building_expanding

Infrastructure investors should choose GDP-sensitive assets over utilities.

That’s because there’s been a shift away from defensive, higher income utility investments, says Nick Langley, investment director and senior portfolio manager of RARE Infrastructure in Sydney. He manages the Renaissance Global Infrastructure Fund.

One of the main reasons for that shift, he adds, is utilities are more expensive. Also, “there has been a global drive toward yield investing over the last 18 months to two years.”

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By the first quarter of 2013, for example, “a number of [utility] investments weren’t meeting our return thresholds,” says Langley. “We sold them and we’ve been recycling the capital.”

That capital has been shifted toward growing infrastructure assets like rail and port companies, as well as toll roads and airports.

Read: Actively manage infrastructure investments

In particular, Langley and his team see “a path to growth across both the U.S. and European economies.” He predicts the U.S. will have a strong growth year in 2014. And though Europe may take another couple years, it’s on a path to recovery.

Target growth

The World Bank published a report in 2006 that noted infrastructure stocks across the globe were collectively worth an estimated US$20 trillion, says Langley. Currently, the majority of infrastructure (75%) is owned by governments, while only 25% is in private hands. The bulk of the latter is listed.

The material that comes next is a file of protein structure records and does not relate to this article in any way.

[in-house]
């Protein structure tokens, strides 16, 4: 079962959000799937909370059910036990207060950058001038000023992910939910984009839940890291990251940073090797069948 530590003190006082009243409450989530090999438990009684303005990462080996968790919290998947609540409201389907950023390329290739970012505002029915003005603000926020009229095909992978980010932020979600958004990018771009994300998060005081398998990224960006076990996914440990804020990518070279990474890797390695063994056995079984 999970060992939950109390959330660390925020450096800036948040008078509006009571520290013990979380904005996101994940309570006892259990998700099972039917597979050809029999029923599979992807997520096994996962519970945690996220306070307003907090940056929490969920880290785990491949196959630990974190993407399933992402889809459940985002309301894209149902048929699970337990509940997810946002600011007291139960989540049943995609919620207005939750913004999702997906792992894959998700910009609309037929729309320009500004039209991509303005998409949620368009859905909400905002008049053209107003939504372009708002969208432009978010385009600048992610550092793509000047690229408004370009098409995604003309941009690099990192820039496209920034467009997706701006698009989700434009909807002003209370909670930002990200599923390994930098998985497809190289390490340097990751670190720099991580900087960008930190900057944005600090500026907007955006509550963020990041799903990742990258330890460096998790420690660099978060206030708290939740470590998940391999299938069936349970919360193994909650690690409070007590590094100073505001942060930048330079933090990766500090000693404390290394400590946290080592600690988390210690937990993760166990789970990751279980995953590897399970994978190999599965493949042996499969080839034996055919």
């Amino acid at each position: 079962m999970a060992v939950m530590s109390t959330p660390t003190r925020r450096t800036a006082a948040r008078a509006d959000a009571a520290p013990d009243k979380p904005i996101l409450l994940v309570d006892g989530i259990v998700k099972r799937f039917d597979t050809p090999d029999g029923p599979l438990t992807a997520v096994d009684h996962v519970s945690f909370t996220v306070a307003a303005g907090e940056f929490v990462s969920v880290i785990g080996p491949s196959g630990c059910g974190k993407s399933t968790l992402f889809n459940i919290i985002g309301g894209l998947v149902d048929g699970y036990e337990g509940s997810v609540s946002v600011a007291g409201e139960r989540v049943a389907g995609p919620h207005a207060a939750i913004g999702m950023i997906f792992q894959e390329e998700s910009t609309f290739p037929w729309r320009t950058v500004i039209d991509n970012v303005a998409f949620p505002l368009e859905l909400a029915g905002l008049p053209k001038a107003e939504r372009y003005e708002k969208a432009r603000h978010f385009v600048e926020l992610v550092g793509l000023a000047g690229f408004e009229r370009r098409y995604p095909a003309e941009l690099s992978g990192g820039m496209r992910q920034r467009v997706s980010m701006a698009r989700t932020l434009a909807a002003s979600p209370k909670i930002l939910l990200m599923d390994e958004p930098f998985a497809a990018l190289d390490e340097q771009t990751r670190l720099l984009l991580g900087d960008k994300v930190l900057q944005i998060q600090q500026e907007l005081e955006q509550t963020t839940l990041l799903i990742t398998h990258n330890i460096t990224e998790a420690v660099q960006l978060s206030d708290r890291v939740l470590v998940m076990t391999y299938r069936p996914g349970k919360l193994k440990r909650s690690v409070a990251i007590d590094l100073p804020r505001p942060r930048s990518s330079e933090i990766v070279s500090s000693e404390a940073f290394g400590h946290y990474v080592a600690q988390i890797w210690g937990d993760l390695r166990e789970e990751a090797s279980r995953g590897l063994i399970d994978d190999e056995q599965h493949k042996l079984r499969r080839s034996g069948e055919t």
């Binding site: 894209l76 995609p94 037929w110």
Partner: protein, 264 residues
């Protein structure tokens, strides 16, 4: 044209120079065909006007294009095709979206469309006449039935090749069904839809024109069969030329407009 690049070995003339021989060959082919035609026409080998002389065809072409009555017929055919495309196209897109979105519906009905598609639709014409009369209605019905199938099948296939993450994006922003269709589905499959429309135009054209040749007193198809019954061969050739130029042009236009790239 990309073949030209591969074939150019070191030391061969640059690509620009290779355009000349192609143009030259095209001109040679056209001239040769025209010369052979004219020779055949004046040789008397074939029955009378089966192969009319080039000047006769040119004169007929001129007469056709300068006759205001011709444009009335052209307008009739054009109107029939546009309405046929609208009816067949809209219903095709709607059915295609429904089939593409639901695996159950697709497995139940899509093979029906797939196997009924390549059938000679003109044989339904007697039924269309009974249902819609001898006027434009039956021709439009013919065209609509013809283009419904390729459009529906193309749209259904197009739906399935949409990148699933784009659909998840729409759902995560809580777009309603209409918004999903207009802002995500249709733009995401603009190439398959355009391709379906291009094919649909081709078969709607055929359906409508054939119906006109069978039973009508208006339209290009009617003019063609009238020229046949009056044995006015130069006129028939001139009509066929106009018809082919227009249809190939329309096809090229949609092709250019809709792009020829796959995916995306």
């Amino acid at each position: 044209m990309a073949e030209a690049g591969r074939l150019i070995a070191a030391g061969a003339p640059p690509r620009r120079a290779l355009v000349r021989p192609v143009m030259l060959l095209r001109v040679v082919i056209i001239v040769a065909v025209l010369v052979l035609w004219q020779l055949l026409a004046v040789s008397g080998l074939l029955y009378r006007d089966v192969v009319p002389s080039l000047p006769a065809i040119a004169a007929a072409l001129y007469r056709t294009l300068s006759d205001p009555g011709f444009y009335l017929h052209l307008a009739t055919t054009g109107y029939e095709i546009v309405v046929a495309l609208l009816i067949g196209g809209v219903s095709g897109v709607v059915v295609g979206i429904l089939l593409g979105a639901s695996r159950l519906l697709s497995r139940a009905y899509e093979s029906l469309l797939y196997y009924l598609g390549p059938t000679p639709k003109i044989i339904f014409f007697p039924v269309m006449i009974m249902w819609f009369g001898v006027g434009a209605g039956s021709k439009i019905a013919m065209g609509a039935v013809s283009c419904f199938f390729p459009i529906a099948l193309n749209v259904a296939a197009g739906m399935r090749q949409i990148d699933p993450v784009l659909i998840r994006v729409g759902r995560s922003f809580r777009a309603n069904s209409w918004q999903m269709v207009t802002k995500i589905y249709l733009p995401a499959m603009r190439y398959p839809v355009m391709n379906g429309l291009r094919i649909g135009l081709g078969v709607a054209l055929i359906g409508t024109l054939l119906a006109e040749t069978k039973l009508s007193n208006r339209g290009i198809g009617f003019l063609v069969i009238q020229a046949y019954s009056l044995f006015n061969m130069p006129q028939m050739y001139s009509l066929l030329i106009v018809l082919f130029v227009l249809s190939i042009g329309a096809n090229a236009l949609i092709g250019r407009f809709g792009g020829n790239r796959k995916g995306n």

And “one of the things we know about infrastructure is it needs to be replaced and refurbished over time.” In fact, US$1 trillion of capital must be invested globally each year until 2026, according to the World Bank report.

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Langley finds “emerging markets…[are] still building new roads and new power stations…[They’re] expected to spend about US$20 trillion over the next couple of decades to expand their infrastructure” and ramp up their economies, according to a Morgan Stanley Report.

But “we have a lot of investment required, and that capital will need to come from both the equity and the debt markets since governments can’t afford to spend all of that money,” he adds.

Across the globe, economies will need to attract capital to fund their projects, and investment opportunities will thus open up.

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“What [infrastructure investors] are looking for is confidence they’ll earn returns on their funds over a longer period of time,” says Langley. To help clients, managers should look for projects with stable regulation, as well as those that have contracts for concessions, such as toll roads.

It’s important that these contracts “stand up in a court of law if…tested. That’s one of the key things we look for as we’re investing in some of these projects,” adds Langley.

He says concession contracts have been tested in countries like Brazil and Mexico. And in those emerging markets, “governments have lost, which is good for private investors.”

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Originally published on Advisor.ca

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